I Bottled the Summer Sun

In July I happened across a listing on Food Forward for a series of canning classes. Ten dollars each; plums, peaches and pears, tomatoes and salsas, and finally cranberries and thanksgiving. No one in my family has ever been very into the idea of making their own preserves except for my grandmother, who canned peaches and pears every year. I'd been thinking of picking up the skill myself for a year or two.

The plums class was cancelled due to lack of interest but, the peaches and pears went ahead. (It was, however, only peaches because there were no good Ontario pears in the stores.) I was super excited to see someone can right in front of me, and I was lucky Emerie Brine from Bernardin was running the class. He was a great teacher and made some delicious jam. I even won a copy of the Complete Book of Home Preserving, which saved me a trip to the book store.

I ate roughly 100lbs of peaches throughout the summer, so, I thought I'd start my canning journey there. I bought a basket an restrained myself from eating them. Then I made this:

Before you attempt the recipe below, please be advised: preserving can be dangerous. You can burn yourself and you can also poison people. Please don't poison anyone. All you have to do is follow the directions exactly, i.e. don't change the ingredients AT ALL, not even if you think 7 1/2 cups of sugar is way too much sugar for any one recipe. And, don't store your jars if they don't seal properly, simply use up that jar first.

This is not my recipe. I am not a jam scientist like the people at Bernardin who developed and tested the information below. Thanks guys, for letting me post your recipe, and for your delicious jam!

Ginger Peach Jam
Makes 6-7 250ml jars

4 cups crushed peaches
1/3 cup lemon juice
1 tbsp grated ginger
2 pouches (170 ml) liquid pectin
7 1/2 cups granulated sugar

Place 6 to 7 clean 250ml mason jars on a rack in a boiling water canner. Cover jars with water and hear to a simmer (180°F/82°C). Set screw bands aside. Heat sealing discs in hot water, not boiling. Keep jars and sealing discs hot until ready to use.

In a large, deep stainless steel saucepan, stir together prepared fruit, lemon juice, grated ginger and all of the sugar. Over high heat, bring mixture to a full rolling boil that cannot be stirred down. Add liquid pectin, squeezing entire contents from the pouches. Return to boil and boil hard 1 minute, stirring constantly. Remove from heat and skim off foam.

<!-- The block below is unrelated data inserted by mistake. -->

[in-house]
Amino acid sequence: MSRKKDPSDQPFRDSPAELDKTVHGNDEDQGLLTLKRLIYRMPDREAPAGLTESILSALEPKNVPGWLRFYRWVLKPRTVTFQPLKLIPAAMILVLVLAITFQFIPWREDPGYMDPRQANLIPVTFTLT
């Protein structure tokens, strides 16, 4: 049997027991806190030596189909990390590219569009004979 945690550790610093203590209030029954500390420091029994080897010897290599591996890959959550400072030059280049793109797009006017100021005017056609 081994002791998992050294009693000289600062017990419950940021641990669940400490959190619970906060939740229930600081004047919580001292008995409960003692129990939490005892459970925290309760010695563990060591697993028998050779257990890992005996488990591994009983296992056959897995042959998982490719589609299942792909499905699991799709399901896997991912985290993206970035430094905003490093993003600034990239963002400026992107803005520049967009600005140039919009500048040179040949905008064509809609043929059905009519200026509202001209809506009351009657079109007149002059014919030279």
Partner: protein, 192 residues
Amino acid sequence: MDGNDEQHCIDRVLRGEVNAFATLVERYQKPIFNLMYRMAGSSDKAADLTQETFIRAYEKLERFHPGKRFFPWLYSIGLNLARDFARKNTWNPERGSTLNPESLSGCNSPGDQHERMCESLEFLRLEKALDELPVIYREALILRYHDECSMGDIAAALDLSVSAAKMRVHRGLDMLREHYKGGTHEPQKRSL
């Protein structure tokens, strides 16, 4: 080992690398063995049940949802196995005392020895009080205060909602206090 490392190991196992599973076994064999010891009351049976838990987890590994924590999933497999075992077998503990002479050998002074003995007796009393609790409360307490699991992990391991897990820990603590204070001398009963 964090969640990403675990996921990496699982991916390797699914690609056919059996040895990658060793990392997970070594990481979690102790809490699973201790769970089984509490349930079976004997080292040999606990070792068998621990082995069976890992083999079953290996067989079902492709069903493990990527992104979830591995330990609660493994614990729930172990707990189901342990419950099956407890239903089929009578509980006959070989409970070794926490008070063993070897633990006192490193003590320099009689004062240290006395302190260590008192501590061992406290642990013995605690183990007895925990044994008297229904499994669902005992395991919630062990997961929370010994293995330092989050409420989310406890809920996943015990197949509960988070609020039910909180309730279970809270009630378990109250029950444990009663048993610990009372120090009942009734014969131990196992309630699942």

Ladle hot jam into a hot jar within 1/4 inch (0.5cm) of top of jar (head space). Using a non-metallic utensil, remove air bubbles and adjust head space, if required, by adding more jam. Wipe jar rim removing any food residue. Center hot sealing disc on clean jar rim. Screw band down until resistance is met, then increase to fingertip tight. Return filled jar to rack in canner. Repeat for remaining jars.

When canner is filled, ensure that all jars are covered by at least one inch (2.5cm) of water. Cover canner and bring water to full rolling boil before starting to count processing time. At altitudes of up to 1000ft (305m), process jars for 10 minutes.

When processing time is complete, turn stove off, remove canner lid, wait 5 minutes, the remove jars without tilting and place them upright on a protected work surface. Cool upright, undisturbed for 24 hours. DO NOT RETIGHTEN SCREW BANDS.

After cooling, check jar seals. Sealed discs curve downward and do not move when pressed. Remove screw bands, wipe and dry bands and jars. Store screw bands separately or replace loosely on jars, as desired. Label and store jars in a cool, dark place. For best quality, use home canned foods within one year.


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